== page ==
Although not a prime driver in Maslow’s hierarchy or in other motivational theories, we all like making money. If not for the buzz of being able to launch dollar bills at girls in bikinis like a wannabe rap star, then at least for preventing an explosive stress disorder when you can no longer pay any of your bills.
As a founder of any company, determining what to pay yourself is like buying your first pair of skinny jeans, you never really know if what you’re doing is a good idea. It seems so at the time, but when the natural high slowly wears off and you’re face to face with an empty bank account and investors who want your head on a stick, it’s most probably going to end in tears (yes, that’s an awful analogy).
First things first, let’s take a look at some of the variables that could influence the salary needs of a founder:
Personal situation of the founder: are you married (to one or more people) with kids, a mortgage, and excruciatingly high bills every month? Does your wife or husband demand a new pair of Louboutin’s every month? As you can rightly imagine, the financial needs of this person would differ somewhat from a 19-year-old founder living in their parent’s garage whose dietary preferences resemble that of a penguin.
- Funds raised: has your startup raised a seed round or series A,B+? If you’re bootstrapping then go straight to the conclusion. If you’ve just raised $500K, and have $0 in revenue, then it’s pretty tricky to justify a wage of $100K/year. Under different circumstances, i.e. $50MM in the bank and hockey stick revenue growth, it’s easier to justify the Ferrari rental, private yacht for company meetings, etc.
- Equity: what is the equity structure like? Are your shares more diluted than your parent’s liquor cabinet when you were in high school? A founder who owns 10% of their company compared to another who owns 40% (assuming the valuations are the same) will most likely have different salary needs.
- History: how long have you been fighting the fight? A few moths, a few years? Someone who’s been raging war on startup land and living on peanuts for a few years isn’t at the same point than someone who’s just launched their company.
- Board: what does the board say? If you have a board, then as you know, they can have a big influence over what you take home each month, how you should dress, etc.
Do what the market says
Sites such as Glassdoor and Salary.com can be a fantastic source of information where you can compare salaries for someone at your stage, position, location, hairstyle etc. The ranges are pretty broad but it will give you an idea of what is the going market rate.
“Based on what I see in the market, I’d say the range for founder CEO salaries after a seed round is between $60k and $150k, with the average/median in the range of $90k – $110k,” VC Chris Sheehan has said on OnStartups.
If you can pay yourself a market-based wage then congratulations. Whether you’re at the point where you’ve raised so much money that $100k/year is inconsequential in the grand scheme of things or whether you can afford to because you’re profitable, it can act as a powerful driver for creating a solid business. Saying that you’re breaking even when your paying yourself in pens each month isn’t quite the same.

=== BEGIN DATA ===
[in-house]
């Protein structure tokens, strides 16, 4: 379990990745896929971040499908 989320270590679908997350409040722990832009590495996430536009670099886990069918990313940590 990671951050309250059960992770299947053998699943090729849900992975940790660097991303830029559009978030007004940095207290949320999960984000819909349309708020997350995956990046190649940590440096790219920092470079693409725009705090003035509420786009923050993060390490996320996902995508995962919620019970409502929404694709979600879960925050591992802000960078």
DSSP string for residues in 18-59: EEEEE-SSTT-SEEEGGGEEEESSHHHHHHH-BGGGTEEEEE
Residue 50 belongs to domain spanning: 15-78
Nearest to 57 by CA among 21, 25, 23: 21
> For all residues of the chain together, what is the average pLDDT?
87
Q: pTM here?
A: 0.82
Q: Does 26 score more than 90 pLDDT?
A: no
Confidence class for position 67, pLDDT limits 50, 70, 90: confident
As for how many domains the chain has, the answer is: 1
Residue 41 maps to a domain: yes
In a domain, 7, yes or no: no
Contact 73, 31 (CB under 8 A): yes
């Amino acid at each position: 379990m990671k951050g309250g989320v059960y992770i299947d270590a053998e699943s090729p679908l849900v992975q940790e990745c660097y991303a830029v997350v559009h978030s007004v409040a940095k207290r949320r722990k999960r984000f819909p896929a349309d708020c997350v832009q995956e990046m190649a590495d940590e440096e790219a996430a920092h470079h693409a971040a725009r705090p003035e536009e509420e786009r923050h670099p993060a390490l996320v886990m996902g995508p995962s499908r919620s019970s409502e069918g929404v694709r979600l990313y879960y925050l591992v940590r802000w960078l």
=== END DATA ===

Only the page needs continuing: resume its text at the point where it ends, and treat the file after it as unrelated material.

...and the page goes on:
According to an interesting article on Entrepreneur, “as many as 90 percent of entrepreneurs underpay themselves in what often proves to be a misguided attempt at thrift. It then skews their understanding of how well their companies are performing, and in some cases dilutes the incentive they need to make their companies more profitable”.
Although quite a tough approach, it helps founders to take a look at reality and focus on growing their business. Ultimately, if you never get to the point where you can pay yourself a market-based wage then you know that something is going wrong.
You get what’s left of the pie
So, paying yourself a market-based wage is out of the question. You quite simply don’t have enough money. You are known as the king of bootstrapping. This model only works if your company is generating revenues and assumes that the founders get whatever is left after everyone else has been paid and after every operating expense and debt has been factored in.
There is no correct method
There is no correct answer to how much a founder should pay themselves, however my advice from personal experience is especially at the seed stage you need to be frugal, capital conscious and focused on developing your product and growing your business. Watching the burn at this point is essential as even the smallest fluctuation in spending can affect the course of your business. Once the hard work has been put in, once business models are validated, growing and once you have raised a series A and above, paying yourself a market-based wage is a good option. This wont hold for the Snapchat’s of the world who can pay themselves in Ferrari’s without any revenue but these are rare cases.
And from an investors standpoint? According to Peter Thiel, a CEO who has a low pay is one of the greatest indicators of a startup’s success. According to him this is one of his definitive factors when deciding to invest in a company or not:
“The lower the CEO salary, the more likely it is to succeed. The CEO’s salary sets a cap for everyone else. If it is set at a high level, you end up burning a whole lot more money. It aligns his interest with the equity holders. But [beyond that], it goes to whether the mission of the company is to build something new or just collect pay checks.”
We want to hear from you! How do you decide what to pay yourself?
One hundred dollar bills via Shuterstock
Hand drawn business ideas via Shuterstock